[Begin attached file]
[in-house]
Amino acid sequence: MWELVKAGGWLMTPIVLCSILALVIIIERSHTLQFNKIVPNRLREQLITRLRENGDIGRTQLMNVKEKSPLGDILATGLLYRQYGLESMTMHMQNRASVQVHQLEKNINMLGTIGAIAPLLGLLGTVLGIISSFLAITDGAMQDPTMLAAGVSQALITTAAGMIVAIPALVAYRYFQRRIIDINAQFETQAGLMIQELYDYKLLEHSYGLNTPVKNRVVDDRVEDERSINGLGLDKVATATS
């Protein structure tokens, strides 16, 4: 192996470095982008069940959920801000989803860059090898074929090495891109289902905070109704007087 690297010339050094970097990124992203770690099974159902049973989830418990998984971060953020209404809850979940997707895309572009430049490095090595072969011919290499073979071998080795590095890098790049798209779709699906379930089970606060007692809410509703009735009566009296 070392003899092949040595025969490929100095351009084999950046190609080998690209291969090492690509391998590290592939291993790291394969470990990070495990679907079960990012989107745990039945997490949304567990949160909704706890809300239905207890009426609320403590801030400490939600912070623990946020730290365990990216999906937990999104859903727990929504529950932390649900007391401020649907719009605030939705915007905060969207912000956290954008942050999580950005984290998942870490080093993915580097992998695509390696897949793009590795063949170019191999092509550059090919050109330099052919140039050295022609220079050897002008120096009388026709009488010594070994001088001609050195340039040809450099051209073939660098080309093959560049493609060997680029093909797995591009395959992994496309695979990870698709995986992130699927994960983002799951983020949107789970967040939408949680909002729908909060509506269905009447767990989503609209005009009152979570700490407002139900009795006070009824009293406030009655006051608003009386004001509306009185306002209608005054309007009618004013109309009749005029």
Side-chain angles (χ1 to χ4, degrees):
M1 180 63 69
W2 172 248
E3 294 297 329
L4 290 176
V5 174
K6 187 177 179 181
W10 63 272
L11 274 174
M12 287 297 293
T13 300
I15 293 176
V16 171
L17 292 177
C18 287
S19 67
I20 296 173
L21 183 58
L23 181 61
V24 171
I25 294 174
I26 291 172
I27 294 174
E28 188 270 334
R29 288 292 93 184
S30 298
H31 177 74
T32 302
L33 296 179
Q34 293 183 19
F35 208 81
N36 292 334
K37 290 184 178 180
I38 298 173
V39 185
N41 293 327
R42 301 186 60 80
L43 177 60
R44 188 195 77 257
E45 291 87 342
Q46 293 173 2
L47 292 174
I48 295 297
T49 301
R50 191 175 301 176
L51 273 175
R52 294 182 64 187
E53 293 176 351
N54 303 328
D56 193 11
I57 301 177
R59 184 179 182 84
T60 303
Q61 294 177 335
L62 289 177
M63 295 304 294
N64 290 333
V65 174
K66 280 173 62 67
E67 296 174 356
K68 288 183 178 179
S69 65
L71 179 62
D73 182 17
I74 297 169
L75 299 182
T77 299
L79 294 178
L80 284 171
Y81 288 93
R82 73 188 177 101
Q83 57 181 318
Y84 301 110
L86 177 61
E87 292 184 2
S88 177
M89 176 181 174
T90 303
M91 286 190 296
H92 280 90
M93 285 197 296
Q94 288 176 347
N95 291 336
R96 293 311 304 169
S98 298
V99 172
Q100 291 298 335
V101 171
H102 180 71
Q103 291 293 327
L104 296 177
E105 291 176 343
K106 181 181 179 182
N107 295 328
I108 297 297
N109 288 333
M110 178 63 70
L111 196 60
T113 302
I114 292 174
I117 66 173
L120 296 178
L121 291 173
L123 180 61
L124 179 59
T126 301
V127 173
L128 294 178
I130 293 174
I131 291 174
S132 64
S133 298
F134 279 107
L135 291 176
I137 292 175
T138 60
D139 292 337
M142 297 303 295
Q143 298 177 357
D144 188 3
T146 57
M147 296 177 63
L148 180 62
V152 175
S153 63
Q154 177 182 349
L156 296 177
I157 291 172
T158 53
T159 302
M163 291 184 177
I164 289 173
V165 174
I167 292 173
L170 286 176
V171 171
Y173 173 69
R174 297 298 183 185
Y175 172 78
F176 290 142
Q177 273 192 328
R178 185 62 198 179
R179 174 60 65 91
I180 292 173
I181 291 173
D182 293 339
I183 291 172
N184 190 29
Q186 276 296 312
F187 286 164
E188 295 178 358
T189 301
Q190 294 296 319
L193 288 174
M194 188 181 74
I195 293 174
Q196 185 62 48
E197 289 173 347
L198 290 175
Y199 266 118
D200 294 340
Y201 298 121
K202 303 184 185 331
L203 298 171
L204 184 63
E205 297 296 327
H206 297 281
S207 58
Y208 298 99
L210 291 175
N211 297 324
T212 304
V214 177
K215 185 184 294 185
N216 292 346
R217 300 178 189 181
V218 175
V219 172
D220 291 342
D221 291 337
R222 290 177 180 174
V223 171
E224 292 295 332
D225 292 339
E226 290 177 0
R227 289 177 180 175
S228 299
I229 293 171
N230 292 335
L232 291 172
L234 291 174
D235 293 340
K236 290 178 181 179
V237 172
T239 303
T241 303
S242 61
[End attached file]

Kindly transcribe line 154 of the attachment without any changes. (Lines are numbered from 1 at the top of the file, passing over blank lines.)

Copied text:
E188 295 178 358